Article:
It’s been called Apple’s version of Flipboard, and Flipboard’s CEO isn’t happy about the comparison. Indeed, Apple News is different from Flipboard, though it does draw quite a bit of inspiration from the well-loved news reader. In some ways, Apple News is better — more organized, more cohesive, and even more attractive.
Attractive magazine-style news feeds
When you first set up Apple News, the app polls you on the publications and topics you like to read about. So if you like food, you’ll get a curated feed of content from sources like Epicurious and Grub Street. You can also select publications like CNN, the New York Times, Wall Street Journal, and others, including Digital Trends. The bigger the publication, the more likely it is that the layout will be optimized for Apple News. The ability to choose either topics or specific sites is nice, and similar to Flipboard. Apple News will also suggest publications and topics as it learns what you like.
There’s also a cool Explore tab, where you can find new suggestions anytime you get bored with what you’ve already got. The search tab will also bring up results quickly, and sort them into Top Hits, Topics, and Channels.
Apple’s partnered with a number of big-name publications to optimize their content for the News app, and those feeds look stunning. Other feeds from publications who haven’t worked with Apple look more generic, but they all match the Apple News look, which makes for a more cohesive and attractive news reading experience. Sometimes on Flipboard, you’ll see odd formatting, or a site will blast you with ads out of nowhere. That doesn’t happen with Apple News. It’s a more peaceful experience, whether you’re reading news from the New York Times or some weird blog.
The News app is one of the nicest apps Apple’s made in a while.
Speaking of the New York Times, it has one of the loveliest designs you’ll find on Apple News. When you open it, you’re greeting with a large picture and a link to a briefing on the most important news items. After that, you see a list of articles to choose from. If there are pictures, they’ll feature prominently at the top of the page, and you can swipe through them in a gallery without clicking on any special link. It’s flawless.
Other news outlets don’t look as polished, but in time, every single publication could look as attractive on Apple News as the New York Times. It’s just a matter of hammering out partnerships. There’s a lot of potential here, and the rest of the interface is a slick and simple.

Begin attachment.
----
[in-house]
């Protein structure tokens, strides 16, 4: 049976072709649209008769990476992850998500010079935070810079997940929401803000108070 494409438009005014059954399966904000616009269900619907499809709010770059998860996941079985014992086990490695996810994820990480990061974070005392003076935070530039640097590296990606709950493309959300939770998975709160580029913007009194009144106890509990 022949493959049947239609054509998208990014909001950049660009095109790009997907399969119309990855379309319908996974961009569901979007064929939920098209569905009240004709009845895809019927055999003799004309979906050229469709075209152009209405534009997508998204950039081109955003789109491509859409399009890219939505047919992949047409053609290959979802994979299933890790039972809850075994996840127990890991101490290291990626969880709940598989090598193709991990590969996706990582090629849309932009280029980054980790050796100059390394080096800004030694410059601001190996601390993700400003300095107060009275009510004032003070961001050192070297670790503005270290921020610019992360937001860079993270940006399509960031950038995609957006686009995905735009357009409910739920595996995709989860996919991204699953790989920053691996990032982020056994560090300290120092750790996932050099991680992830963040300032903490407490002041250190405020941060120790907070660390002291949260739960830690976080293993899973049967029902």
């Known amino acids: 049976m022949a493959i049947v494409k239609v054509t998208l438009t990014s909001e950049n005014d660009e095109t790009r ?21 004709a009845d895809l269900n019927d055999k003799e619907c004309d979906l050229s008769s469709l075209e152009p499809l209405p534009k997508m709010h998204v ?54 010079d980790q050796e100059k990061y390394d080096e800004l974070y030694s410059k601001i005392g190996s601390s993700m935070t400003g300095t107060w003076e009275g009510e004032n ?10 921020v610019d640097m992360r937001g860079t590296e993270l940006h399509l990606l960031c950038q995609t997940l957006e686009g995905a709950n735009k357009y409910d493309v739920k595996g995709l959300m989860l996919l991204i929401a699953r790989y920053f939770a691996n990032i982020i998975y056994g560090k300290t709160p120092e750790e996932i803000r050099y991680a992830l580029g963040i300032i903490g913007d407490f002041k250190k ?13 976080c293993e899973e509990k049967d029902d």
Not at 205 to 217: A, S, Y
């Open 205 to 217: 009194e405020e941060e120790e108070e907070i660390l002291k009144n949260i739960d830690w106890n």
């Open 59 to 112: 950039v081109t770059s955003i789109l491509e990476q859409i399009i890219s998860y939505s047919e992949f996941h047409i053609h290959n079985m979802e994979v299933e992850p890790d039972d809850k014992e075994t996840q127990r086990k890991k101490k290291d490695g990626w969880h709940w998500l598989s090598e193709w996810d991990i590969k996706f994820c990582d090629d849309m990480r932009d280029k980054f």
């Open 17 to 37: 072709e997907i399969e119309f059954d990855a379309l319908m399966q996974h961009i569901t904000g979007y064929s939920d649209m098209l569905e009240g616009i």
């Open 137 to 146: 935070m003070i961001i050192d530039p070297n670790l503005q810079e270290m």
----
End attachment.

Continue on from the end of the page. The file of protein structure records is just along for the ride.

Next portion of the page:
Offline reading and social sharing
At the bottom of every article, you’ll see three buttons: the share option, favorite heart, and the bookmark. If you tap on the sharing button, you’ll see Apple’s typical sharing menu pop up with the option to AirDrop the article to someone, send it in a message, email, add to your Reminders or Notes apps, Twitter, Facebook, and more. You can, of course, copy the link, too or open it in Safari. Overall, it’s pretty easy to share articles from the News app.
Meanwhile, the bookmark button saves articles for reading offline. It’s an awesome feature that’s really useful if you have a long commute and want to get some reading done on the Wi-Fi-less train or plane. All the bookmarked articles are conveniently located in the Bookmarks section of the News app for easy access whenever you want them.
As a New Yorker whose commute typically involves irritably cursing the MTA’s spotty cell service reception as the subway passes through the many stations on the way to Queens, easy access to offline articles is a blessing. I imagine it’ll also be quite nice for long plane rides and days when my data allowance is running low.
The News app is one of the nicest apps Apple’s made in a while. Other recent additions like Apple Music seem much messier in comparison, and the News app is the perfect blend of simple and sophisticated. Although it takes a lot of inspiration from Flipboard, Apple News has a nice clean look that many will find appealing, and it seems to cut out interference from ads better than Flipboard does.
It’s a welcome addition to iOS 9, and if you like to keep up on the news, it’ll be one of the few preinstalled apps you don’t thrown into the “Apple Junk” folder we all have on our phones.